–a two-year freeze on salaries and defer the implementation of budgeted salary increases for savings of $31.4 million; and
–increasing the gross receipts tax rate from 4 to 5 percent (effective May 1, 2011 for two years) to generate additional revenue of $14.1 million in FY 2011.

The senators had sharp questions for the governor’s team, asking when they knew, whether more borrowing is possible and why they did not prepare for this eventuality several months ago.

Many questions dealt with what happened to previously appropriated funds for pay raises and other costs. Simmonds, Gottlieb and Finance Commissioner Angel Dawson offered copious detail of what funds had what amounts in them, but in the end, wound up returning to the inescapable point that projected revenues had declined and insufficient money was on hand to both pay for pay raises and avoid laying off large numbers of government employees.

While no senators disputed whether severe action was necessary, Sens. Neville James and Nereida "Nellie" Rivera-O’Reilly and others said the Legislature also needed to take the fiscal reins and come up with its own agenda and plan to address the crisis.

Rivera-O’Reilly offered up a laundry list of money-saving and cash-raising suggestions, from a moratorium on granting new Economic Development Authority tax credits to a four-day workweek.

"Research shows a reduction in sick time, increased employee morale and savings in energy and other overhead costs because you shut down for one day and offices are open 10 hours instead of eight hours every day," she said.

Rivera-O’Reilly also suggested new taxes in addition or instead of those being proposed by deJongh, such as a 5 percent or smaller income tax surcharge on high earners or sin taxes, like a cigarette tax or taxes on sugary food and drink.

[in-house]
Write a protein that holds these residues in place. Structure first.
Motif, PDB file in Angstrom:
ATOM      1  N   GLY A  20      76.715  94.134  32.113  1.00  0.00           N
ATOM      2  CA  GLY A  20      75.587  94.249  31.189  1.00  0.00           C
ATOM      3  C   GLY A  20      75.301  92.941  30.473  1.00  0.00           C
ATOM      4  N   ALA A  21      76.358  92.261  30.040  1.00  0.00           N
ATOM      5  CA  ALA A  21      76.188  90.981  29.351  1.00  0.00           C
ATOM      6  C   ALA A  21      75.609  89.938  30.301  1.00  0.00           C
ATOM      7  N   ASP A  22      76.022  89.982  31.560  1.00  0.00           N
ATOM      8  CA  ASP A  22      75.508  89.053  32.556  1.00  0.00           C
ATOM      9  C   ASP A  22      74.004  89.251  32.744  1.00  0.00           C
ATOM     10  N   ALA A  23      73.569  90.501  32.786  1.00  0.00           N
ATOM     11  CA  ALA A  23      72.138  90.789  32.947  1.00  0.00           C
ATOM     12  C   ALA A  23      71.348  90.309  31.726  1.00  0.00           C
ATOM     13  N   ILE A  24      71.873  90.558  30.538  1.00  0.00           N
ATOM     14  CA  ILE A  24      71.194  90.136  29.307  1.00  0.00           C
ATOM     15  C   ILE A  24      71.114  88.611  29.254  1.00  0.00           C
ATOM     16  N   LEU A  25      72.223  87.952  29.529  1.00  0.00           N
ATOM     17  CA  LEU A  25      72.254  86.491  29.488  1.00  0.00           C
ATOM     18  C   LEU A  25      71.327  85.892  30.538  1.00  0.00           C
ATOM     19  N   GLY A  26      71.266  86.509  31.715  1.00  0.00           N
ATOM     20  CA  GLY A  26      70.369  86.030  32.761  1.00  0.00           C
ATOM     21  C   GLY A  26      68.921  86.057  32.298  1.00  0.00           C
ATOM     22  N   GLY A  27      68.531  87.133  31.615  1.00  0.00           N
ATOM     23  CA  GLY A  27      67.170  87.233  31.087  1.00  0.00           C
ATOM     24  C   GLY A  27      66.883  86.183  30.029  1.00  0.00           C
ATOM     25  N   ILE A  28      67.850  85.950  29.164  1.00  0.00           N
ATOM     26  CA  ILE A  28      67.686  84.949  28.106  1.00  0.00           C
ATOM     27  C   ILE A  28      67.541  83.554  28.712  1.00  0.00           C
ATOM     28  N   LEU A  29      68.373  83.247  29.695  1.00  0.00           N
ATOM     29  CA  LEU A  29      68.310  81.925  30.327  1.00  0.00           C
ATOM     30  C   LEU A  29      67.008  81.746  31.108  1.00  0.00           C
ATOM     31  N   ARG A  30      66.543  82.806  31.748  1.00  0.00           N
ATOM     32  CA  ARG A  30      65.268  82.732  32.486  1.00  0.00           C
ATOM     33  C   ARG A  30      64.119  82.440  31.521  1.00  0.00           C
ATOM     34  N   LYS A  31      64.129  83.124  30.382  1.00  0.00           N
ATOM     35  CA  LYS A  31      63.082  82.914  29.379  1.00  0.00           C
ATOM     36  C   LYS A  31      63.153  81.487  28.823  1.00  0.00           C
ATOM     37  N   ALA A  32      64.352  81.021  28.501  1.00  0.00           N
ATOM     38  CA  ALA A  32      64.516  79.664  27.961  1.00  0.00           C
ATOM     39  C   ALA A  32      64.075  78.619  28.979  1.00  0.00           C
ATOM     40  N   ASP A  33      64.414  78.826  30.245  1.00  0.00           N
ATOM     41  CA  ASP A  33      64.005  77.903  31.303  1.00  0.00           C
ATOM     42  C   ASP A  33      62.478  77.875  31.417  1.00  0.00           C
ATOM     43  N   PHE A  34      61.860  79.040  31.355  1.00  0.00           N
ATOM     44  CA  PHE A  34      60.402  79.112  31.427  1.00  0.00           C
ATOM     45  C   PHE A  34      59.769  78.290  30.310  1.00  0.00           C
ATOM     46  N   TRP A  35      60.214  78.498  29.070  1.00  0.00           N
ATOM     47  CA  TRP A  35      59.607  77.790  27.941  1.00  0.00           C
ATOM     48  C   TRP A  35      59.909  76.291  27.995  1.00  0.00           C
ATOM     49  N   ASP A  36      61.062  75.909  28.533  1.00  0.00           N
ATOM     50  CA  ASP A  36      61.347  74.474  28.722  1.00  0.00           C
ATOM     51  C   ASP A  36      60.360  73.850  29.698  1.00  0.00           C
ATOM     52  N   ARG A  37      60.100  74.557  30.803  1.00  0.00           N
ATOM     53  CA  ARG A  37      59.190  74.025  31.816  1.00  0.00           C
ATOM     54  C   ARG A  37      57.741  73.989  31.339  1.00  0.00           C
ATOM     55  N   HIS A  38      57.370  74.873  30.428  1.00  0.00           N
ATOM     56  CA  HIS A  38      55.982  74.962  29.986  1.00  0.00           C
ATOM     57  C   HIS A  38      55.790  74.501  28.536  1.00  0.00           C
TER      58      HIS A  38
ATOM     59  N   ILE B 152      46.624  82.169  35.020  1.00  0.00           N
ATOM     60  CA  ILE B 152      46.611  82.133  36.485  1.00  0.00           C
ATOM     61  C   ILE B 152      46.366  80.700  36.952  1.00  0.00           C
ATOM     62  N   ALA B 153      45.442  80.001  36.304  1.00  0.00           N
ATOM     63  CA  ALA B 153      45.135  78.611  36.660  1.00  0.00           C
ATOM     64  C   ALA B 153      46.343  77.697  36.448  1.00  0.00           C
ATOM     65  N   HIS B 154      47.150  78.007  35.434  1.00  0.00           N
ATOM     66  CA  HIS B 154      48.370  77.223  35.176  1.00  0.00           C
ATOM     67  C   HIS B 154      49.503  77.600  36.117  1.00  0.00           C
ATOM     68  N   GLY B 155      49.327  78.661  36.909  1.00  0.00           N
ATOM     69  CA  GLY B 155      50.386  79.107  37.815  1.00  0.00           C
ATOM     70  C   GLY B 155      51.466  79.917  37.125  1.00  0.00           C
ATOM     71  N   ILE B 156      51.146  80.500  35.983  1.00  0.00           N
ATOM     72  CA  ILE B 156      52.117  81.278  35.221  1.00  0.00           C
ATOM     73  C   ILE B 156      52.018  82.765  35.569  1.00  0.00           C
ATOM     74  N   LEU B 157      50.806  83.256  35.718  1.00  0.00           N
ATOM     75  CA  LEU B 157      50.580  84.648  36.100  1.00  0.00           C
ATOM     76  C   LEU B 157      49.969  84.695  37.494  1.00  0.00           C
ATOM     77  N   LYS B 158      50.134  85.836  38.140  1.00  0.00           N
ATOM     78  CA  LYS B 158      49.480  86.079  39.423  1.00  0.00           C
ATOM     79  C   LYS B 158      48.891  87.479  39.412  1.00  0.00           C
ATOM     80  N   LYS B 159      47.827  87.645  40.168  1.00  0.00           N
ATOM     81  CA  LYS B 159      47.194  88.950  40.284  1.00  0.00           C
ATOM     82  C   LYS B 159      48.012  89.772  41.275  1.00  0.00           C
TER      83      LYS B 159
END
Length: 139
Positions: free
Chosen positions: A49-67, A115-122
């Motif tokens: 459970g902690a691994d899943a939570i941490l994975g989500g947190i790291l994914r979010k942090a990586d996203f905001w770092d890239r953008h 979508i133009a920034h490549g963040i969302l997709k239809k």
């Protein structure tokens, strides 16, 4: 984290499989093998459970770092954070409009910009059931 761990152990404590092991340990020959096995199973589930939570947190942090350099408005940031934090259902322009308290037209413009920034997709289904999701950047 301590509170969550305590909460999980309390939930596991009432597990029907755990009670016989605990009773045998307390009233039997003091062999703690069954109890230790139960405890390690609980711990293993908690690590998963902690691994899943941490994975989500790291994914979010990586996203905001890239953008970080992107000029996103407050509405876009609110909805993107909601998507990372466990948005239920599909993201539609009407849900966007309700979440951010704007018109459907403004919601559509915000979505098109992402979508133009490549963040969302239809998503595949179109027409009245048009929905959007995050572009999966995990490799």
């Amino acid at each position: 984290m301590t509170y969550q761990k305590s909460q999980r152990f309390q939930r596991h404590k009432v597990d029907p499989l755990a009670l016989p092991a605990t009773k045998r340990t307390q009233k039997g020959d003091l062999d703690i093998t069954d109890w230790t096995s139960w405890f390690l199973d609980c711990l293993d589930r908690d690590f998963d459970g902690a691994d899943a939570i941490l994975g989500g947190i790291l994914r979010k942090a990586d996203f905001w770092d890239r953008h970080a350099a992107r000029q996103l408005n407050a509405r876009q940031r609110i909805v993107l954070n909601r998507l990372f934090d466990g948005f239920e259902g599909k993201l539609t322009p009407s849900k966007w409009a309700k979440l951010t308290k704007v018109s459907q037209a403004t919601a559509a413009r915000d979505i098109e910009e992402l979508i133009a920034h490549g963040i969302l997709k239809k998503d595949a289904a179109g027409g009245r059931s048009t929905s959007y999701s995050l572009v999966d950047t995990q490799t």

To save money, she suggested more consolidation of government offices and asking the government to consider whether it would be more efficient to consolidate all law enforcement functions within the V.I. Police Department, including the V.I. Casino Control Commission and the V.I. Lottery Commission’s enforcement officers.

In a similar vein, Sen. Shawn-Michael Malone suggested the senators and government officials could absorb cuts in some of their fringe benefits and perks of office.

"We don’t really need government vehicles, and we don’t need to be given cell phones," Malone said, continuing that he sees cars as a luxury that should be given up before any employees are laid off.

Union leaders testifying Tuesday had varying perspectives, from denying there was any financial crisis or any cash shortage (as did United Steelworkers local 8249 President Luis Morales) to working toward the least disruptive way to achieve the cuts, a solution proposed by Fire Fighters union representative Andre Dorsey.

No bills were presented and no votes taken. Present were: Malone, Rivera-O’Reilly, Sens. Carlton "Ital" Dowe (chairman); Louis Hill, Janette Millin-Young, Sammuel Sanes and Celestino White.

Also present were Sens. Terrence "Positive" Nelson and Usie Richards.